MedTech makes use of advanced Bluetooth Low Energy (BLE) features in our Bluetooth-enabled medical devices, ones that require specialized technical knowledge to get right. You need experts on both the hardware and software side, so that when it’s time to link up the device hardware and the companion mobile app, they work together optimally. That’s why Orthogonal’s medical device software developers teamed up with the medical device hardware engineers at Blur on a recent project.
On October 25th, 2023, Orthogonal, Blur and MedSec held a webinar discussion on the collaboration between Orthogonal and Blur, part of our BLE for Medical Devices Webinar Series. Jim Hewitt, Senior Technical Architect at Orthogonal, and Kyle Matthews, Director of Firmware Engineering at Blur, shared their experiences leading the software and hardware teams respectively, and how they worked together to integrate the two sides of the BLE-enabled medical device. They were joined by Buddy Smith, Director of Technical Consulting at MedSec, Bernhard Kappe, Orthogonal’s Founder and CEO. The webinar was moderated by Randy Horton, Chief Solutions Officer at Orthogonal.
1. Collaboration between medical device hardware engineers and medical device software developers, both of whom have different experiences and optimization goals, requires compromise and flexibility. Teams have a tendency to drive simplification on their side and push complexity to the other side, as well as treat initial plans as being set in stone. To avoid these common pitfalls, it’s recommended to bring teams together as early in the development process as possible to align on what’s best for the system.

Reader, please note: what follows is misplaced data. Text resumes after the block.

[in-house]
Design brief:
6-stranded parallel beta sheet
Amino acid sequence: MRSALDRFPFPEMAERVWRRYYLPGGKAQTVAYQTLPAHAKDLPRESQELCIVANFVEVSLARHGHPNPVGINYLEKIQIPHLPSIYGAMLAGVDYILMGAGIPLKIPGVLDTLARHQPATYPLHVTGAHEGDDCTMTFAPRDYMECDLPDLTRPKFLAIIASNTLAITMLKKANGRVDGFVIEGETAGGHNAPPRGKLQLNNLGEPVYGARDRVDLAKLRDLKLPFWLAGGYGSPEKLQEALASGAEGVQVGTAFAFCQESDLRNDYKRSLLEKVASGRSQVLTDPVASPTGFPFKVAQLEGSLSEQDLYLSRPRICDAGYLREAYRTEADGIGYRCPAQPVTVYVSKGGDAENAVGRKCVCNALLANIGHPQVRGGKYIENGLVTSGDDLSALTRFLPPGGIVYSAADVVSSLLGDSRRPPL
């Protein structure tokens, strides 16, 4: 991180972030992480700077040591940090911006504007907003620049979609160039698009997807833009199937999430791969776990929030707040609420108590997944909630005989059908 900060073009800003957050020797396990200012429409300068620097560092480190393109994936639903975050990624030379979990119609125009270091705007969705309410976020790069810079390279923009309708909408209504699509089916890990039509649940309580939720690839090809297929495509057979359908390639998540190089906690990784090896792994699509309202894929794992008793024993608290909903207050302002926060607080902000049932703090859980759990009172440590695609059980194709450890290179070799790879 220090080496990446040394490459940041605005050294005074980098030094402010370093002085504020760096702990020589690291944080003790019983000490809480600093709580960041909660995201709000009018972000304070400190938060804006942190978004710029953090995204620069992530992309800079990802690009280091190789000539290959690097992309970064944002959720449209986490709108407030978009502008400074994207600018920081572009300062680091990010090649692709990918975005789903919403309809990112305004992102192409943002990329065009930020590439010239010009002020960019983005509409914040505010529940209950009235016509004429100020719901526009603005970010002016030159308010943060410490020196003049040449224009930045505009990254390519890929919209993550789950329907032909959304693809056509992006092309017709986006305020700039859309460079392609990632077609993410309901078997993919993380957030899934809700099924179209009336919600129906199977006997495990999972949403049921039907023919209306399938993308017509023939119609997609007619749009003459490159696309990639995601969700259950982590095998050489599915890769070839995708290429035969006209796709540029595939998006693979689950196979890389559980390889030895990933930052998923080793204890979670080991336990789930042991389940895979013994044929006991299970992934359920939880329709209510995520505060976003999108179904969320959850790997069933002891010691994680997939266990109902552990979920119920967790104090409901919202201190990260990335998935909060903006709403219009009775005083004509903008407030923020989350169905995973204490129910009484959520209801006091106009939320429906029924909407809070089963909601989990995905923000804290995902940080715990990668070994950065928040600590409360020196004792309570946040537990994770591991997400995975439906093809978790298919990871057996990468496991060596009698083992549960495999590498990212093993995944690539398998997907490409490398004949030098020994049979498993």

2. Another key practice is to establish open channels of communication. Our speakers’ teams created a Confluence page and a Slack channel to make collaboration instant and frictionless. They had daily discussions as well as weekly meetings that helped foster a collaborative environment. Openness to learning from each other allowed the teams to work together more smoothly.
3. Along with bringing the teams together at the start of development, it’s essential to establish a cybersecurity threat model upfront and do penetration tests early and often.
4. In the experience of the speakers, one of the biggest challenges in developing a Bluetooth-enabled medical device is balancing battery optimization on the hardware side and user experience on the software side. Hardware and firmware need to be optimized for battery life, but choices made to limit power consumption may slow down the communication between the device and smartphone. Depending on how the device uses Bluetooth, teams will need to come to a compromise between efficiency and usability.
5. The pace of development for firmware is slower than that for smartphone software, posing a challenge to coordinating Bluetooth activities. In our speakers’ projects, the smartphone software team created Bluetooth emulation applications that ran on a smartphone or computer so they could develop the app before the hardware and firmware became available to work on. Both teams had access to each other’s code repositories, enabling them to update software as commits were made.
6. Our speakers recommended building on previous experience when starting a new project. For example, it’s helpful to have knowledge and experience with the chosen chip and its ecosystem, as each has its own quirks.
Jim Hewitt, Senior Technical Architect, Orthogonal